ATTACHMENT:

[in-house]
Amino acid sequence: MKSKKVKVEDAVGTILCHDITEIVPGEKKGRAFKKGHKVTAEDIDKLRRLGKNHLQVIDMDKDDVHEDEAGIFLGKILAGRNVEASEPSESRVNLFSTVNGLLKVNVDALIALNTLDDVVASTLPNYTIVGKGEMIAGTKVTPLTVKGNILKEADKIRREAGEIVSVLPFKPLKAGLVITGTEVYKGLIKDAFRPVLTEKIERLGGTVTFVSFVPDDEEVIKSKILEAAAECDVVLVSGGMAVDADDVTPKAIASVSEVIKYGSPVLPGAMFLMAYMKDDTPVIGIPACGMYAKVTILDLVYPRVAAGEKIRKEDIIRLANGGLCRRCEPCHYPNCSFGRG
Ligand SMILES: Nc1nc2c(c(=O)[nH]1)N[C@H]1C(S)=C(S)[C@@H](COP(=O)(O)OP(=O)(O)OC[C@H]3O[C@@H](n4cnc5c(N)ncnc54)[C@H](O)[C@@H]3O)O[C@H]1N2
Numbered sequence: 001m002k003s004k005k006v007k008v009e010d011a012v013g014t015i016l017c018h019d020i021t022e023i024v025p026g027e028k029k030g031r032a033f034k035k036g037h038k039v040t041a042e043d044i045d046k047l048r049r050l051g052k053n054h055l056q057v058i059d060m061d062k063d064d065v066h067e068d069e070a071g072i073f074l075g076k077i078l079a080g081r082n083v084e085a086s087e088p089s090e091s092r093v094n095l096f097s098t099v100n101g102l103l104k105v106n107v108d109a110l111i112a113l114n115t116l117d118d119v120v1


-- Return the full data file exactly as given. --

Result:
[in-house]
Amino acid sequence: MKSKKVKVEDAVGTILCHDITEIVPGEKKGRAFKKGHKVTAEDIDKLRRLGKNHLQVIDMDKDDVHEDEAGIFLGKILAGRNVEASEPSESRVNLFSTVNGLLKVNVDALIALNTLDDVVASTLPNYTIVGKGEMIAGTKVTPLTVKGNILKEADKIRREAGEIVSVLPFKPLKAGLVITGTEVYKGLIKDAFRPVLTEKIERLGGTVTFVSFVPDDEEVIKSKILEAAAECDVVLVSGGMAVDADDVTPKAIASVSEVIKYGSPVLPGAMFLMAYMKDDTPVIGIPACGMYAKVTILDLVYPRVAAGEKIRKEDIIRLANGGLCRRCEPCHYPNCSFGRG
Ligand SMILES: Nc1nc2c(c(=O)[nH]1)N[C@H]1C(S)=C(S)[C@@H](COP(=O)(O)OP(=O)(O)OC[C@H]3O[C@@H](n4cnc5c(N)ncnc54)[C@H](O)[C@@H]3O)O[C@H]1N2
Numbered sequence: 001m002k003s004k005k006v007k008v009e010d011a012v013g014t015i016l017c018h019d020i021t022e023i024v025p026g027e028k029k030g031r032a033f034k035k036g037h038k039v040t041a042e043d044i045d046k047l048r049r050l051g052k053n054h055l056q057v058i059d060m061d062k063d064d065v066h067e068d069e070a071g072i073f074l075g076k077i078l079a080g081r082n083v084e085a086s087e088p089s090e091s092r093v094n095l096f097s098t099v100n101g102l103l104k105v106n107v108d109a110l111i112a113l114n115t116l117d118d119v120v1